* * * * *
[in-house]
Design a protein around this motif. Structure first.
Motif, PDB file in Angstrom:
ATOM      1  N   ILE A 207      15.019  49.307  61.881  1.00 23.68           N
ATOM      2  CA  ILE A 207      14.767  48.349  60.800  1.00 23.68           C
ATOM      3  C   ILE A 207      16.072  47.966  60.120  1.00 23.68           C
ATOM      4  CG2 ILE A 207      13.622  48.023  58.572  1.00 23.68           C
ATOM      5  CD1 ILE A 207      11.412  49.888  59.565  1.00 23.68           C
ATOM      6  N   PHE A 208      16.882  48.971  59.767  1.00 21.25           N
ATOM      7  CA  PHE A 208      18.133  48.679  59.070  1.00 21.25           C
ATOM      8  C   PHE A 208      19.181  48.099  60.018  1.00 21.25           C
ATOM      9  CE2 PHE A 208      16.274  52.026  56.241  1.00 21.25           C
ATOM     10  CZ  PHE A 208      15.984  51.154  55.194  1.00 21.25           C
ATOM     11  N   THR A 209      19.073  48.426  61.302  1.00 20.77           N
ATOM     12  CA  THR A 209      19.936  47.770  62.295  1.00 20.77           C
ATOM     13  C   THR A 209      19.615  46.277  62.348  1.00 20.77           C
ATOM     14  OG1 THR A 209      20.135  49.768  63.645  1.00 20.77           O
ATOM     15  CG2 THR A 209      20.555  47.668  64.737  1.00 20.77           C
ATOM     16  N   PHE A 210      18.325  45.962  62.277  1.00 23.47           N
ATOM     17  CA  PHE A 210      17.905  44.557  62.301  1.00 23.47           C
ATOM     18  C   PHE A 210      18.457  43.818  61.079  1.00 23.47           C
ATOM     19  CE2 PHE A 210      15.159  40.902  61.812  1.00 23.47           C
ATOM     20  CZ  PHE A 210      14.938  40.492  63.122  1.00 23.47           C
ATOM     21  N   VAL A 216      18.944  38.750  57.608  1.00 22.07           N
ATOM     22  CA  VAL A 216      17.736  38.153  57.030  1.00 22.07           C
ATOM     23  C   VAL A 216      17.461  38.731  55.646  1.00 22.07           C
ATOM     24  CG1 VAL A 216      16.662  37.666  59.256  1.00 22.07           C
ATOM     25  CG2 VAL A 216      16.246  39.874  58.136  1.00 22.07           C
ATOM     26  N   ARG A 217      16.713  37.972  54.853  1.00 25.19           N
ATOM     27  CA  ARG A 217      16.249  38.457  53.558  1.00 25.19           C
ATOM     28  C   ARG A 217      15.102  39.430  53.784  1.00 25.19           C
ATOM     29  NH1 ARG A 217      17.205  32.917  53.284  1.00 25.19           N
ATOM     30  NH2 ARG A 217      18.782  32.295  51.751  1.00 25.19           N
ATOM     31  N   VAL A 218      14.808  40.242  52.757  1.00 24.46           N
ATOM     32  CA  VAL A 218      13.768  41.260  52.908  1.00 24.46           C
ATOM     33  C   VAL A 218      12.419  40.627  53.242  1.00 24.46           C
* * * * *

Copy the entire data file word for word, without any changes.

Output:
[in-house]
Design a protein around this motif. Structure first.
Motif, PDB file in Angstrom:
ATOM      1  N   ILE A 207      15.019  49.307  61.881  1.00 23.68           N
ATOM      2  CA  ILE A 207      14.767  48.349  60.800  1.00 23.68           C
ATOM      3  C   ILE A 207      16.072  47.966  60.120  1.00 23.68           C
ATOM      4  CG2 ILE A 207      13.622  48.023  58.572  1.00 23.68           C
ATOM      5  CD1 ILE A 207      11.412  49.888  59.565  1.00 23.68           C
ATOM      6  N   PHE A 208      16.882  48.971  59.767  1.00 21.25           N
ATOM      7  CA  PHE A 208      18.133  48.679  59.070  1.00 21.25           C
ATOM      8  C   PHE A 208      19.181  48.099  60.018  1.00 21.25           C
ATOM      9  CE2 PHE A 208      16.274  52.026  56.241  1.00 21.25           C
ATOM     10  CZ  PHE A 208      15.984  51.154  55.194  1.00 21.25           C
ATOM     11  N   THR A 209      19.073  48.426  61.302  1.00 20.77           N
ATOM     12  CA  THR A 209      19.936  47.770  62.295  1.00 20.77           C
ATOM     13  C   THR A 209      19.615  46.277  62.348  1.00 20.77           C
ATOM     14  OG1 THR A 209      20.135  49.768  63.645  1.00 20.77           O
ATOM     15  CG2 THR A 209      20.555  47.668  64.737  1.00 20.77           C
ATOM     16  N   PHE A 210      18.325  45.962  62.277  1.00 23.47           N
ATOM     17  CA  PHE A 210      17.905  44.557  62.301  1.00 23.47           C
ATOM     18  C   PHE A 210      18.457  43.818  61.079  1.00 23.47           C
ATOM     19  CE2 PHE A 210      15.159  40.902  61.812  1.00 23.47           C
ATOM     20  CZ  PHE A 210      14.938  40.492  63.122  1.00 23.47           C
ATOM     21  N   VAL A 216      18.944  38.750  57.608  1.00 22.07           N
ATOM     22  CA  VAL A 216      17.736  38.153  57.030  1.00 22.07           C
ATOM     23  C   VAL A 216      17.461  38.731  55.646  1.00 22.07           C
ATOM     24  CG1 VAL A 216      16.662  37.666  59.256  1.00 22.07           C
ATOM     25  CG2 VAL A 216      16.246  39.874  58.136  1.00 22.07           C
ATOM     26  N   ARG A 217      16.713  37.972  54.853  1.00 25.19           N
ATOM     27  CA  ARG A 217      16.249  38.457  53.558  1.00 25.19           C
ATOM     28  C   ARG A 217      15.102  39.430  53.784  1.00 25.19           C
ATOM     29  NH1 ARG A 217      17.205  32.917  53.284  1.00 25.19           N
ATOM     30  NH2 ARG A 217      18.782  32.295  51.751  1.00 25.19           N
ATOM     31  N   VAL A 218      14.808  40.242  52.757  1.00 24.46           N
ATOM     32  CA  VAL A 218      13.768  41.260  52.908  1.00 24.46           C
ATOM     33  C   VAL A 218      12.419  40.627  53.242  1.00 24.46           C